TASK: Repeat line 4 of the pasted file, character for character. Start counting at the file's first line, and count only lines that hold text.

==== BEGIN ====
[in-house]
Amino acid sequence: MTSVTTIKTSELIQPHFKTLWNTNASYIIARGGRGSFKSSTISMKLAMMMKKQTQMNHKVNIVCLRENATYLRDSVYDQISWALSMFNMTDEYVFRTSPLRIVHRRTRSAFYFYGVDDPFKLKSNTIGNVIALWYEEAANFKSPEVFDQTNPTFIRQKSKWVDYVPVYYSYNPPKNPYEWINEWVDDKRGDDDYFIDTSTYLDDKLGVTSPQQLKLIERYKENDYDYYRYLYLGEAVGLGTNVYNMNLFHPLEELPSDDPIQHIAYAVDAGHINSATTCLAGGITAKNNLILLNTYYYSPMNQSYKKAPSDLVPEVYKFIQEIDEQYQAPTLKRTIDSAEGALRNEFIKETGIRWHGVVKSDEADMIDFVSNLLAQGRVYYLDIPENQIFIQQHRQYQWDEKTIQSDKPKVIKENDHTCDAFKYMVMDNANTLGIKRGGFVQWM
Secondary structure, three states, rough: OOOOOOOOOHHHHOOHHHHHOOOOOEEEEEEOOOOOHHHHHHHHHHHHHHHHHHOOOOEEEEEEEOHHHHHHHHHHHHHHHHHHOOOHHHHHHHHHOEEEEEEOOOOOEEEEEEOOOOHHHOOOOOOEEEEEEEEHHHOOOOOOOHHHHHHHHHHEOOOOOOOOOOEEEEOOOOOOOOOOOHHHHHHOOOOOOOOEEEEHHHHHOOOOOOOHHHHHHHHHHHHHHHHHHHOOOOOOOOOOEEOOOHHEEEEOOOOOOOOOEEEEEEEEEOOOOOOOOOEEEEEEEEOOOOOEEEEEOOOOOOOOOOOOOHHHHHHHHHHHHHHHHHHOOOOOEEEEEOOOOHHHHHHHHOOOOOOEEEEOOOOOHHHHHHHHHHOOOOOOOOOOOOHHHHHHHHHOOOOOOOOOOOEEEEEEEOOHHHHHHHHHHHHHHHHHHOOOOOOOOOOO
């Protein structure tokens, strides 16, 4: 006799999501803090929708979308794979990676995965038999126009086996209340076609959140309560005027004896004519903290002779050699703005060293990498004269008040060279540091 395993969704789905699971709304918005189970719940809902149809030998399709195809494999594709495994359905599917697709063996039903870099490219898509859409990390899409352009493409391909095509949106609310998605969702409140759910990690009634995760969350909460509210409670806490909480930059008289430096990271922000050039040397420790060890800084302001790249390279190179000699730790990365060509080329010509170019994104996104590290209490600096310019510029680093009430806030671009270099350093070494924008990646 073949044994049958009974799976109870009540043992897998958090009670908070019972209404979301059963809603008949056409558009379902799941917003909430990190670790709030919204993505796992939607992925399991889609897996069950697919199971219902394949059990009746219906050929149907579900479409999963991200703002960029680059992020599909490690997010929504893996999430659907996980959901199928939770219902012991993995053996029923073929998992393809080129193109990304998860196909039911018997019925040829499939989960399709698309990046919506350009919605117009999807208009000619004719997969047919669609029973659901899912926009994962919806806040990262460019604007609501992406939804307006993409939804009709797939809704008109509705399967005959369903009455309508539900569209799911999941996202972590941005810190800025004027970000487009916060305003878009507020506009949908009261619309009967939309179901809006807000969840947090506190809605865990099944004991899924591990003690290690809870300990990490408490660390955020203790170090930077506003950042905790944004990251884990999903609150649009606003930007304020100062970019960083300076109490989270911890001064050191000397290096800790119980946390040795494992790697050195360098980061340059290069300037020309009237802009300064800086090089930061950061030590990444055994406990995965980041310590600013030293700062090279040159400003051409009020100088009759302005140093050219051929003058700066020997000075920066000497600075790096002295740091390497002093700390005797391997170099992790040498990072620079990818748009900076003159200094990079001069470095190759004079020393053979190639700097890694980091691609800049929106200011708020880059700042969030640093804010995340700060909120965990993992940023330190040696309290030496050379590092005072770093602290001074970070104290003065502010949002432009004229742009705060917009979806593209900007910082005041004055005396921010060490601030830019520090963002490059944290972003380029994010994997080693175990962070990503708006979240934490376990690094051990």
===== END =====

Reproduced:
């Protein structure tokens, strides 16, 4: 006799999501803090929708979308794979990676995965038999126009086996209340076609959140309560005027004896004519903290002779050699703005060293990498004269008040060279540091 395993969704789905699971709304918005189970719940809902149809030998399709195809494999594709495994359905599917697709063996039903870099490219898509859409990390899409352009493409391909095509949106609310998605969702409140759910990690009634995760969350909460509210409670806490909480930059008289430096990271922000050039040397420790060890800084302001790249390279190179000699730790990365060509080329010509170019994104996104590290209490600096310019510029680093009430806030671009270099350093070494924008990646 073949044994049958009974799976109870009540043992897998958090009670908070019972209404979301059963809603008949056409558009379902799941917003909430990190670790709030919204993505796992939607992925399991889609897996069950697919199971219902394949059990009746219906050929149907579900479409999963991200703002960029680059992020599909490690997010929504893996999430659907996980959901199928939770219902012991993995053996029923073929998992393809080129193109990304998860196909039911018997019925040829499939989960399709698309990046919506350009919605117009999807208009000619004719997969047919669609029973659901899912926009994962919806806040990262460019604007609501992406939804307006993409939804009709797939809704008109509705399967005959369903009455309508539900569209799911999941996202972590941005810190800025004027970000487009916060305003878009507020506009949908009261619309009967939309179901809006807000969840947090506190809605865990099944004991899924591990003690290690809870300990990490408490660390955020203790170090930077506003950042905790944004990251884990999903609150649009606003930007304020100062970019960083300076109490989270911890001064050191000397290096800790119980946390040795494992790697050195360098980061340059290069300037020309009237802009300064800086090089930061950061030590990444055994406990995965980041310590600013030293700062090279040159400003051409009020100088009759302005140093050219051929003058700066020997000075920066000497600075790096002295740091390497002093700390005797391997170099992790040498990072620079990818748009900076003159200094990079001069470095190759004079020393053979190639700097890694980091691609800049929106200011708020880059700042969030640093804010995340700060909120965990993992940023330190040696309290030496050379590092005072770093602290001074970070104290003065502010949002432009004229742009705060917009979806593209900007910082005041004055005396921010060490601030830019520090963002490059944290972003380029994010994997080693175990962070990503708006979240934490376990690094051990």